Americans may be traveling to exotic places like China, Russia, Germany, and Brazil this summer without ever leaving the comforts of home. Unfortunately, identity thieves take no vacations and might be trading or selling consumers' personal information around the world.
Consumers that travel are particularly vulnerable to having their identity stolen: 3 out of 5 respondents to a new Experian survey say they've been a victim of identity theft, or know someone who has while traveling.
But somewhat alarmingly, the same survey shows only a third of those surveyed express significant concern about identity theft while trekking the globe and only half secure their passport in a safe place.
How Does Your Personal Information End Up Abroad?
A few years ago, data security company Bitglass ran a test to see just how far information can travel on the dark web.
They generated a list of fake phone names, Social Security numbers, credit card numbers and a few other pieces of data, compiled them in an Excel file and watermarked it with a code that would track any access to the file, reporting back to them on when and where files were opened.
The results? The data traveled around the world in two weeks, with over 1,000 views and 47 downloads. Information ended up being accessed in North America, Asia, Europe, Africa and South America with the most grabs happening in Nigeria, Russia, and Brazil.
When data is traded and sold on the dark web, it is usually posted on a marketplace-type of a site—think of it like an Amazon but for personal information where you simply browse through items and click ‘purchase.'
It's a similar environment. The dark web can be accessed by anyone with the right anonymous browser and credentials to enter these marketplaces from anywhere in the world.
Why Passports Are Attractive Goods on the Dark Web
While only 25% of survey respondents think passport numbers are sold on the dark web, it is one of the most common pieces of information available. In another blog post, I outlined how much personal data is selling for—stolen U.S. passports can cost a few hundred dollars and those that are forged are about $1,000-2,000 each.
They are expensive compared to an SSN (which sells for only $1) because counterfeit passports often include security features that replicate the RFID chip and biometric data that security personnel check and passports open the gates for those seeking to maneuver through countries.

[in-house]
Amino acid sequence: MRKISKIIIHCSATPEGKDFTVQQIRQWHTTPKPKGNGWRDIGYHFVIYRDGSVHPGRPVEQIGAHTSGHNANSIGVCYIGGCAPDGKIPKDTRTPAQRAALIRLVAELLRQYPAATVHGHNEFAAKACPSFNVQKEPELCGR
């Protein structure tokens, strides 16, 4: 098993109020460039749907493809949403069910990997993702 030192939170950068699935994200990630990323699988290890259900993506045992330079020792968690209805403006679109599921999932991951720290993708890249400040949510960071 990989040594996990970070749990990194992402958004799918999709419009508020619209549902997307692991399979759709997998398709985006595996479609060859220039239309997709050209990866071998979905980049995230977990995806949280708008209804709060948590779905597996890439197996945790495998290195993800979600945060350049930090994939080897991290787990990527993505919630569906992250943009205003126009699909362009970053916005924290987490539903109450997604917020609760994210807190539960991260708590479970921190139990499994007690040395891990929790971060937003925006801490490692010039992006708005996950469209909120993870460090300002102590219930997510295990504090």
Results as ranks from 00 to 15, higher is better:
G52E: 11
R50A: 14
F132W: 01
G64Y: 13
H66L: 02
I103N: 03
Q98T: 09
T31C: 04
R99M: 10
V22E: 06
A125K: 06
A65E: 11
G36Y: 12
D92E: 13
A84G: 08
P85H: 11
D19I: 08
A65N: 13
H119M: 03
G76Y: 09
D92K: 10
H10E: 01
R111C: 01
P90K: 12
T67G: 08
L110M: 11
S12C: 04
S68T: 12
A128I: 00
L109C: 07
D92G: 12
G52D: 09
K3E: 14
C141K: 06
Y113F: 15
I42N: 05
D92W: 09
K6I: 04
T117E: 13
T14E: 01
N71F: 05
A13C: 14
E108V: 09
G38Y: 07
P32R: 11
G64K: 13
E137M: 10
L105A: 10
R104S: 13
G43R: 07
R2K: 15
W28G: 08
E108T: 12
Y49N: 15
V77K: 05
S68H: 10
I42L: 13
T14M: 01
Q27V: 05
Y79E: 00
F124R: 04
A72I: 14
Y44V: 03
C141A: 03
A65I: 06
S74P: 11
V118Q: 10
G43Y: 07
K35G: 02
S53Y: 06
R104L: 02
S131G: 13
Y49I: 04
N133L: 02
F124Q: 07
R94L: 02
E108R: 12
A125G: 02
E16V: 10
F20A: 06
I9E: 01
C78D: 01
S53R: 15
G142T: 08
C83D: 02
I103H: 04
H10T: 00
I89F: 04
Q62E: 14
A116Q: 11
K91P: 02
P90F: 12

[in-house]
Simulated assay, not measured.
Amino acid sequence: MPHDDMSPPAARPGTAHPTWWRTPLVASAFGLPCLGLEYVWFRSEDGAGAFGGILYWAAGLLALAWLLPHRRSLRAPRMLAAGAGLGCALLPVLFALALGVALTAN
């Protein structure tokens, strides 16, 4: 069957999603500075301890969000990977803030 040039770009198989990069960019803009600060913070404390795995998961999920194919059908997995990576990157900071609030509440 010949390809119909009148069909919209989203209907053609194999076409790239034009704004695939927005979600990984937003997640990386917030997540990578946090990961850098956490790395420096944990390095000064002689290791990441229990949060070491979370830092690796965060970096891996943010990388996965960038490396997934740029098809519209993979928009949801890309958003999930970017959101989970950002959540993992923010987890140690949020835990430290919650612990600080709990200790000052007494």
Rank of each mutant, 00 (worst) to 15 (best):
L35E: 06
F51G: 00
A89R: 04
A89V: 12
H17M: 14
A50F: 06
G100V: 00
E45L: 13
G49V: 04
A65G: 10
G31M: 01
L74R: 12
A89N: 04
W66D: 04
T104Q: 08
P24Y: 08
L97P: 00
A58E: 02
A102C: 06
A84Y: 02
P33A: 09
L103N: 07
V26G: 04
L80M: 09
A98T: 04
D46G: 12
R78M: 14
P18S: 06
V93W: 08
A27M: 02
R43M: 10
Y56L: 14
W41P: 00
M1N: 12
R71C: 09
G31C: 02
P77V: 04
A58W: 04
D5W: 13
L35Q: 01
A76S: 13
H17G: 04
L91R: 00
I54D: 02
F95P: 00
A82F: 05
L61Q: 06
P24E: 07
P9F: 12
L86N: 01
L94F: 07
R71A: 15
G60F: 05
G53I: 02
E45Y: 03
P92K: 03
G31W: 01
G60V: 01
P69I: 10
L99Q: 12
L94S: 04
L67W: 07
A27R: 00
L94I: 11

Passports from the U.S. and U.K. had the most power because each allows access to 147 countries, according to Vocativ, a media and technology firm that analyzed passport prices and created an index of what nationality is the most useful. Luckily, passports were near the bottom of a list of the most common items lost or stolen among Experian survey respondents.
Protecting Your Identity While Traveling
As you prepare for your vacation—buying tickets, packing suitcases, and posting a bon voyage on your social media account—don't forget about protecting your identity before and during your travel.
Prior to departure, take steps such as holding your mail at the post office, make copies of your identification documents to take with you in case they get stolen, and only pack the minimum amount of credit cards you need to use for the trip. Make sure to keep your documents with you at all times in transit.
Be just as careful during the vacation; criminals and crime rings prey on tourists and often steal items from pedestrians, passengers using public transportation and parked vehicles. So it's important not to carry important documents with you, such as your passport, or leave them in an unsecured place. Lock items up in the hotel safe or a locked suitcase in your room at all times.
Also, always use a chip-based credit card for purchases; if the establishment doesn't use a chip reader it is wiser to pay in cash rather than swiping a card because that puts your card—and finances—at risk. Lastly, don't post too much information on social media and password protect your smartphone.
Don't take this last tip lightly; in case your phone is lost or stolen the password will help keep your data safer. Be sure you also have enabled the location search application available such as Find My iPhone in the Apple store or Find My Device in the Google Play store.
These can be invaluable services that allow you to login into your account from any device to geolocate an approximate location of your phone. You should send remote text messages with your contact information so someone can get in touch with you and return your device.
If you are not lucky enough to retrieve it, you should purge the entire phone as soon as it boots up. You can also wipe the phone via these apps if you're not able to recover it and you suspect it was stolen.
To get instructions on what you should do if you are abroad and are missing your passport, visit the U.S. Department of State website. Read more here about how to keep your personal information safe while on vacation.
Editorial Disclaimer: Opinions expressed here are author's alone, not those of any bank, credit card issuer or other company, and have not been reviewed, approved or otherwise endorsed by any of these entities. All information, including rates and fees, are accurate as of the date of publication.